× Digital News Videos Africa Health & Science Opinion Columnists Education Lifestyle Cartoons Moi Cabinets Arts & Culture Gender Planet Action Podcasts E-Paper Tributes Lifestyle & Entertainment Nairobian Entertainment Eve Woman TV Stations KTN Home KTN News BTV KTN Farmers TV Radio Stations Radio Maisha Spice FM Vybez Radio Enterprise VAS E-Learning Digger Classified Jobs Games Crosswords Sudoku The Standard Group Corporate Contact Us Rate Card Vacancies DCX O.M Portal Corporate Email RMS


A shining star dimmed by Nakumatt inferno

By | Feb 8th 2009 | 3 min read

By Mutwiri Mutuota

When the history of Kenyan football is written, a sad chapter will be on the tragic demise of Peter Serry who was the CEO of Premier League (KPL) frontrunners, Tusker FC.

At 35, Serry had etched his name on the Kenyan game in stone and while the Nakumatt Downtown inferno consumed his life, the legacy and footprints he left in the game will be felt for ages.

"He was dedicated to the game he loved. Serry was also a wonderful father, husband and friend; we will all miss him," Mathare Youth Sports Association (MYSA) and KPL chairman, Bob Munro, said of the man who epitomised the success of one of the largest slum youth development projects in the world.

His best friend and Mathare United coach, Francis Kimanzi, said: "The country’s football fraternity will miss him but we in Mathare shall miss him more. He was more than a friend to us."

Peter Serry died in the Nakumatt fire.


Those were some of the glowing tributes that began flowing when the shocking news of his demise surfaced a day after the Nakumatt fire. On the fateful day, he was in the company of Tusker FC coach, James Nandwa.

"He was a very dependable person, committed, understanding and confident. We shall miss his ability to manage all the aspects of the club with consideration that was above normal," Henry Emuya, the Chairman of Tusker FC, said.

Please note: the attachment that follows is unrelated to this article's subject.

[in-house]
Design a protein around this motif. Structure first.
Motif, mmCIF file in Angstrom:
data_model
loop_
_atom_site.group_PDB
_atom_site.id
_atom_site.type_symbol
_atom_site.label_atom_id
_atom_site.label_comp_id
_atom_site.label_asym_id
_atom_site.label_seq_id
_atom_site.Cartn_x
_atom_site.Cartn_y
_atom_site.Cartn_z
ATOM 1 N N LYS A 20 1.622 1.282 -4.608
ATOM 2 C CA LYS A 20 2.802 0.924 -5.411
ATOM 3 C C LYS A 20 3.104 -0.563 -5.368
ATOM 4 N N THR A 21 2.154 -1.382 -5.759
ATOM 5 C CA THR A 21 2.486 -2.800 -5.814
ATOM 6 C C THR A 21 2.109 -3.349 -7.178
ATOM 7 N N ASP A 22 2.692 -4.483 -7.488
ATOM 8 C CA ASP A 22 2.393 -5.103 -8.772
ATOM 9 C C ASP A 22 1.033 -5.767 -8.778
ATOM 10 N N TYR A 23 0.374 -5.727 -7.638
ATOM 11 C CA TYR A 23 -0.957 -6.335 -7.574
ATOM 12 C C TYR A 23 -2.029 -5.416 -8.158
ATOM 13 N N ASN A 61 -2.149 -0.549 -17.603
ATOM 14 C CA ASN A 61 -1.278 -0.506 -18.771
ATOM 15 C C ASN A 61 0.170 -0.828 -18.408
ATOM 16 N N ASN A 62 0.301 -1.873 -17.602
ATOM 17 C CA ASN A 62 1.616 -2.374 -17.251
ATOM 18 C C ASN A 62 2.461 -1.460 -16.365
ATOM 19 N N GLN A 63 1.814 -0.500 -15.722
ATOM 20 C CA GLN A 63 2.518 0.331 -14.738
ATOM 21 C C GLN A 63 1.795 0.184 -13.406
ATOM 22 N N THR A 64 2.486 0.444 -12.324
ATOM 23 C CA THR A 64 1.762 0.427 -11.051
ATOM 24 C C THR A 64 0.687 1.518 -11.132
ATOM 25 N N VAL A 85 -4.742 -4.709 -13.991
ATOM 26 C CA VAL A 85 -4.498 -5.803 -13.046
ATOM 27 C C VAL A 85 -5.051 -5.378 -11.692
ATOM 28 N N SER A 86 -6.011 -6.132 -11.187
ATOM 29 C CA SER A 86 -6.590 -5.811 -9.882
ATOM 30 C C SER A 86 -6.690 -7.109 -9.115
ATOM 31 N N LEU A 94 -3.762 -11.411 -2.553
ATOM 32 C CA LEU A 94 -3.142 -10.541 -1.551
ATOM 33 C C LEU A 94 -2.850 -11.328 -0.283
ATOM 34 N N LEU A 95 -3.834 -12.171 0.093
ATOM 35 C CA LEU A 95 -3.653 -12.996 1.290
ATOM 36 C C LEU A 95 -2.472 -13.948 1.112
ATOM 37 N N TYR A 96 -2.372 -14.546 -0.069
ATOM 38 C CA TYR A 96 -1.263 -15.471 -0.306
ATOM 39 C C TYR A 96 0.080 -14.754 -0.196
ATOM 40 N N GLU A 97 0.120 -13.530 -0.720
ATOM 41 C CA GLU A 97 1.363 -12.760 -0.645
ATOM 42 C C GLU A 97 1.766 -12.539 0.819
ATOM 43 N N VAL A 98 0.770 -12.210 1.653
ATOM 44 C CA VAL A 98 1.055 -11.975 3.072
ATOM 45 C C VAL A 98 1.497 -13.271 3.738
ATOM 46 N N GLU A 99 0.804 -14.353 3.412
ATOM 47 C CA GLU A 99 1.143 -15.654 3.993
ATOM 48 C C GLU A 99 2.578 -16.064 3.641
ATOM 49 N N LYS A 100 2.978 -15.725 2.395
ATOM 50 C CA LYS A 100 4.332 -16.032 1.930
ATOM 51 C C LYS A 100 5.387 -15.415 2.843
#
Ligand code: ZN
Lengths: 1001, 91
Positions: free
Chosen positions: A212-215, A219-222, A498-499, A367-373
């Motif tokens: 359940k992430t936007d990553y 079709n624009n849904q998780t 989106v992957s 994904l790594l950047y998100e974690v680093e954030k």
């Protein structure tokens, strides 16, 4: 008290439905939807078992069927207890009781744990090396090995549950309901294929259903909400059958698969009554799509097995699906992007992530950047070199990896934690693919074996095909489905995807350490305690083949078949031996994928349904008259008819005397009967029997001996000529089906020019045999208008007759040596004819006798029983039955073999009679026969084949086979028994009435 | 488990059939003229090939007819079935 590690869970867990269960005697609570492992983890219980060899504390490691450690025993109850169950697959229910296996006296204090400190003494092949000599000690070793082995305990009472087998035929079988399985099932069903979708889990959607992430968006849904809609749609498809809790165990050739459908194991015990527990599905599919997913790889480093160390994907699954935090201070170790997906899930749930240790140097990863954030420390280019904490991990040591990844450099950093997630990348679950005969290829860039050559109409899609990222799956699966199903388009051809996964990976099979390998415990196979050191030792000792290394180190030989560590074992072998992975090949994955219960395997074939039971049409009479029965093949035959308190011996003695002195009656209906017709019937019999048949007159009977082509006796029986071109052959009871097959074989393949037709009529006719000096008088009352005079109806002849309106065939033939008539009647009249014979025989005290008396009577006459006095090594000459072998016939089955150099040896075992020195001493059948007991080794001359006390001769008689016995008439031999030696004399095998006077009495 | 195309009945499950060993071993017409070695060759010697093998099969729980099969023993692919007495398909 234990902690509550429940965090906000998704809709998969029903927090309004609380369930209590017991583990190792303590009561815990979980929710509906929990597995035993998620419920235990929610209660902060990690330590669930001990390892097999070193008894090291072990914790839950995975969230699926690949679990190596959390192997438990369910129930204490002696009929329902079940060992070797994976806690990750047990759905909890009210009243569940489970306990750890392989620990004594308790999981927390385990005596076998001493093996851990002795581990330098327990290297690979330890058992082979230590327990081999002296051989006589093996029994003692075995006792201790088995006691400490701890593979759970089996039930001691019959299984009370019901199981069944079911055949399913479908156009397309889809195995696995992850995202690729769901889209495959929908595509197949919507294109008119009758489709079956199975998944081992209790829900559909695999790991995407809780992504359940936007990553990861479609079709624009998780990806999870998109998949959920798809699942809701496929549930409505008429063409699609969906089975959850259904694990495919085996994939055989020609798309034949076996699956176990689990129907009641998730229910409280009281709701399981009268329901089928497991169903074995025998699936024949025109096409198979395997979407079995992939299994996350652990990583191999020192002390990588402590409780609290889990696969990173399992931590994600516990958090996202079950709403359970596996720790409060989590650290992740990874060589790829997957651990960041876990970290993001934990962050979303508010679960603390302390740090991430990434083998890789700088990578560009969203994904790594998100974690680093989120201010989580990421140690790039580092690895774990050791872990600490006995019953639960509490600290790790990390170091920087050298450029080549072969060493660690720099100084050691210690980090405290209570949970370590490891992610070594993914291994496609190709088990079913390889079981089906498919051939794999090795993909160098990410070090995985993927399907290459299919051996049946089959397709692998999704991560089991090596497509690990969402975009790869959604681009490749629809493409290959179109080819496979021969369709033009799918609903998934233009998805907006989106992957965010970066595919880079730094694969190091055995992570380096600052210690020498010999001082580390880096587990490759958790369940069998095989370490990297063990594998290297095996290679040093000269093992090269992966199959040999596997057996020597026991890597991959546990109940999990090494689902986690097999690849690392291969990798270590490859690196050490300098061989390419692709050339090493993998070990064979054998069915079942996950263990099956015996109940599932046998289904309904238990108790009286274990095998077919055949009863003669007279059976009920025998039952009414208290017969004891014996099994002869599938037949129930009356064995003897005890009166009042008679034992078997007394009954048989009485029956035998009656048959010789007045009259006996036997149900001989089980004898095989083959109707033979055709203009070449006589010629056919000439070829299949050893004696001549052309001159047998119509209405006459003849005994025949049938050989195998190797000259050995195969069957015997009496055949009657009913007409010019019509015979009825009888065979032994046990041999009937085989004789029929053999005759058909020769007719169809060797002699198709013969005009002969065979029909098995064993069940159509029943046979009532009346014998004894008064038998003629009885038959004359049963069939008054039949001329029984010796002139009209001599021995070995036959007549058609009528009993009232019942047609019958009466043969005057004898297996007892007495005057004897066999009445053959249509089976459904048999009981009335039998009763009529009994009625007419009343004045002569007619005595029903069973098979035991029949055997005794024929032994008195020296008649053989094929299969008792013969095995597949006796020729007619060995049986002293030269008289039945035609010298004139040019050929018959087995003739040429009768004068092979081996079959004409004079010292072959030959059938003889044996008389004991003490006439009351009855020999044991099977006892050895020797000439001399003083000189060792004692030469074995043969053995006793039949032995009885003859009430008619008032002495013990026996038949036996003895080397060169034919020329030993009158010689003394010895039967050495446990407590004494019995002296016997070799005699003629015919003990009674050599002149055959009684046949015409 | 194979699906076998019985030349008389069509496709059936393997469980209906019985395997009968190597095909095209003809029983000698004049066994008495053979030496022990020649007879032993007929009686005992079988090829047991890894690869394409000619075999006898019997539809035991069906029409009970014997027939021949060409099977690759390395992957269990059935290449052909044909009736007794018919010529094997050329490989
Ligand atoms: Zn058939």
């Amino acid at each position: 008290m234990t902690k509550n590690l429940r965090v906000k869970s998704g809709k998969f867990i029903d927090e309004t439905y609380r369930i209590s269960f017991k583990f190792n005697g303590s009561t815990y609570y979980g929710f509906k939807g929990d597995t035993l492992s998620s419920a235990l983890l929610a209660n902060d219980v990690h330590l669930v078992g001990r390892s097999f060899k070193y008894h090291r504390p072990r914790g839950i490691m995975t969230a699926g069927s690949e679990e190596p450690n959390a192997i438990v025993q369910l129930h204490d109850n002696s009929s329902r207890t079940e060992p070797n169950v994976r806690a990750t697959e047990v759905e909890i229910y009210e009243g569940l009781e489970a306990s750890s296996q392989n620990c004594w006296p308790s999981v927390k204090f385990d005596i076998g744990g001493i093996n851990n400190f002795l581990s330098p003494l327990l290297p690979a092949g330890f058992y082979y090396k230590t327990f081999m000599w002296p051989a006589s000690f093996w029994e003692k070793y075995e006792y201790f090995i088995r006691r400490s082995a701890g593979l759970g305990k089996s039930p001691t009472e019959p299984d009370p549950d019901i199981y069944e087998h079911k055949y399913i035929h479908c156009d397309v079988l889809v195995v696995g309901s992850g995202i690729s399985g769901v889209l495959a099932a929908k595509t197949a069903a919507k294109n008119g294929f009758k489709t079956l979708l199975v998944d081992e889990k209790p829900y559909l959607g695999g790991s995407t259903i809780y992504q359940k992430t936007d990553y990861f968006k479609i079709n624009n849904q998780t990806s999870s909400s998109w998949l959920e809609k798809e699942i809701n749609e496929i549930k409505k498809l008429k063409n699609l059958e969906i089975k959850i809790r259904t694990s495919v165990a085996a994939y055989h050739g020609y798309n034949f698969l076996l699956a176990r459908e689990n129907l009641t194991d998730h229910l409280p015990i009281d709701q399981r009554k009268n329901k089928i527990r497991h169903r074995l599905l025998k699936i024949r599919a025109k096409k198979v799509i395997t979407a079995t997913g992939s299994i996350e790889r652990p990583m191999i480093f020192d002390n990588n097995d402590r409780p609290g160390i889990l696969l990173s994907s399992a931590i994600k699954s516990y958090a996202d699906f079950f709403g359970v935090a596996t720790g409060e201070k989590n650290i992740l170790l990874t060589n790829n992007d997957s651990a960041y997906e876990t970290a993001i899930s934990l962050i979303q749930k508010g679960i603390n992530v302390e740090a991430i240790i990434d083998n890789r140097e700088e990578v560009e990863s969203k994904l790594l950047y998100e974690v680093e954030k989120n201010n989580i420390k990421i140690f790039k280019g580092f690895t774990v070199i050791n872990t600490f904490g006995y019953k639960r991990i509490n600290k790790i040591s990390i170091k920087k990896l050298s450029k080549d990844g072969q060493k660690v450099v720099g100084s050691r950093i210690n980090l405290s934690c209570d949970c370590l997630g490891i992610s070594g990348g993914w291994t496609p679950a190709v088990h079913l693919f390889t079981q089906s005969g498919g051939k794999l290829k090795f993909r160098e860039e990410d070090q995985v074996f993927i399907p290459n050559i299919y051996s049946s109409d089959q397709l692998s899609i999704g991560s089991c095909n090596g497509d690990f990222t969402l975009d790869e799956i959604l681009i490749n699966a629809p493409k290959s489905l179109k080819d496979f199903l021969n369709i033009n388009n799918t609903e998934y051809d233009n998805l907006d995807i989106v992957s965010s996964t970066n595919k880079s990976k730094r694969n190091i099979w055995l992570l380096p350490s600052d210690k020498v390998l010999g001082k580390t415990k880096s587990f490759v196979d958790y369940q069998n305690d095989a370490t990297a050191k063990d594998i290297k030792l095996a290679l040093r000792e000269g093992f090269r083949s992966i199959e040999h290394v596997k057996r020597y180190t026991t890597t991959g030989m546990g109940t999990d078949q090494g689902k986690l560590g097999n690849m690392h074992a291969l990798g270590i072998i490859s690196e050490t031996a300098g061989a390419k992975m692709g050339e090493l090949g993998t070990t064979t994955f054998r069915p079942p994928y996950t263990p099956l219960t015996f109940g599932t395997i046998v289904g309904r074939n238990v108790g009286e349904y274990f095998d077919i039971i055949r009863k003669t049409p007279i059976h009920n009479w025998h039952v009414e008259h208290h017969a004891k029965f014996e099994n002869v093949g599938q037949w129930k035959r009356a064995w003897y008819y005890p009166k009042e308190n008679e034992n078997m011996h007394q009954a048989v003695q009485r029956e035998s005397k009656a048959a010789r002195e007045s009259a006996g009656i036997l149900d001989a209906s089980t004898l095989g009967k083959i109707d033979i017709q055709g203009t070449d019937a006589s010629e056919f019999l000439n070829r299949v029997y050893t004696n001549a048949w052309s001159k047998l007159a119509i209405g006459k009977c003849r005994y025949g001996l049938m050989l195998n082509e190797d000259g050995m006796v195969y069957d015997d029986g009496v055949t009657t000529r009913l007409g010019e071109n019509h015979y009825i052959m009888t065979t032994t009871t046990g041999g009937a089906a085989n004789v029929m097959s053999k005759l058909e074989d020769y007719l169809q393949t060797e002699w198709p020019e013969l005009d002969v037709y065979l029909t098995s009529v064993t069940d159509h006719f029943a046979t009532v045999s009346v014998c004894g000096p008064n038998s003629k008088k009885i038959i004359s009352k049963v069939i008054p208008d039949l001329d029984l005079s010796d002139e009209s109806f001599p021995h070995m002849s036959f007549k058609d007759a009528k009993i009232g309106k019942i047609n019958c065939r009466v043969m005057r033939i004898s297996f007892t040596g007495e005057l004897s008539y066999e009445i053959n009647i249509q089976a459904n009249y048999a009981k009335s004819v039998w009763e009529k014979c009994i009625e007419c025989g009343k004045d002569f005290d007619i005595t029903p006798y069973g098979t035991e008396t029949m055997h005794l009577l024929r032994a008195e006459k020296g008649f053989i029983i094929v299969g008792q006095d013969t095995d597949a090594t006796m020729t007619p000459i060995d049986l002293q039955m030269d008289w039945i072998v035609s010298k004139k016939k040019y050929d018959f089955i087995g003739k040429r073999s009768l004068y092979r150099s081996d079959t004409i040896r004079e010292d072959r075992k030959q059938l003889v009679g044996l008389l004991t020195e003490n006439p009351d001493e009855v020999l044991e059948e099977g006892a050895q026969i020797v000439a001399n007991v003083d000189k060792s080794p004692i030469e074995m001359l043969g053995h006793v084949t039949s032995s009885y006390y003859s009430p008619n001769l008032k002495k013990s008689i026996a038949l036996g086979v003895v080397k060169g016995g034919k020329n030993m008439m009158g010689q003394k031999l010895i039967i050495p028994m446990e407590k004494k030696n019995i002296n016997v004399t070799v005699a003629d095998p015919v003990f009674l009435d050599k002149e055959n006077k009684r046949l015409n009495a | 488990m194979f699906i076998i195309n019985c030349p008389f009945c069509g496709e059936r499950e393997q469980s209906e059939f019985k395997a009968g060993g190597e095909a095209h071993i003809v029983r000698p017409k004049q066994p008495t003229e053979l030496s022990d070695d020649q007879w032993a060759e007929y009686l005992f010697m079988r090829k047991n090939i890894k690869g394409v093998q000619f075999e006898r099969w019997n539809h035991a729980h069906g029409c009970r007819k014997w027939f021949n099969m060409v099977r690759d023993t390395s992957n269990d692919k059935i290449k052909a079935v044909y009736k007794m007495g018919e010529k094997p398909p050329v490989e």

Talented manager

The Ruaraka-based club hired Serry last year as their CEO to replace Patrick Naggi who was recruited by Football Kenya Limited in similar capacity.

"We have been given the weekend off (by KPL) so that we can pull ourselves together after this great loss. As a club, we plan to introduce an award to be named after him that will go to best performing players or managers; it is the least we can do," the chairman added.

Serry had, a fortnight before his demise, been replaced as team manager of the national team, Harambee Stars. He formed a dream team with Kimanzi (head coach), Nandwa and Yusuf Chipo (assistant coaches) that saw Kenya qualify for the last phase of the 2010 World Cup/Nations Cup qualifiers. His last assignment is when Stars lost in the finals of the Cecafa Senior Challenge Cup to Uganda early last month.

Serry lived on football and it was poignant that he met his death serving the newly recruited Tusker FC players. He and Nandwa had gone to the supermarket to purchase mattresses and other provisions to enable the new recruits to settle into the Ruaraka outfit and were on their way out when the fire broke out.

While Nandwa was sensationally captured escaping through the roof by a hawk-eyed Standard photographer, Serry was not lucky.

A staunch Catholic, the father of three was among the pioneer beneficiaries of MYSA and played a key role in its transformation into a model community based organisation in slum areas.

His career

Serry had a UEFA-B Diploma License in Coaching (Holland), Dutch Football Federation (KNVB) Basic and International Courses Certificates, Programmes Monitoring and Evaluations Certificate MDF (Holland), HIV/Aids awareness Educators’ Certificate (Norwegian Church Aid) and Certificate-British Council Leadership and Team Building among other qualifications.

His career took him to Kakuma Refugee Camp and Southern Sudan where his community work and understanding of the game were vital in inspiring scores of youth.

"Above all, he was charming, friendly and a good person to work with. The best tribute we can pay to him is performing well and winning since that is always what he wished," Kimanzi said.

Share this story
Windies in slim lead
West Indies edged into a lead of 34 runs with three first innings wickets in hand on an attritional third day of the first test against England at Sabina Park.
When Njonjo almost resigned over coffee smugglers
Known as the era of black gold, it began in 1976 when Ugandan farmers decided to sell their coffee in the private market.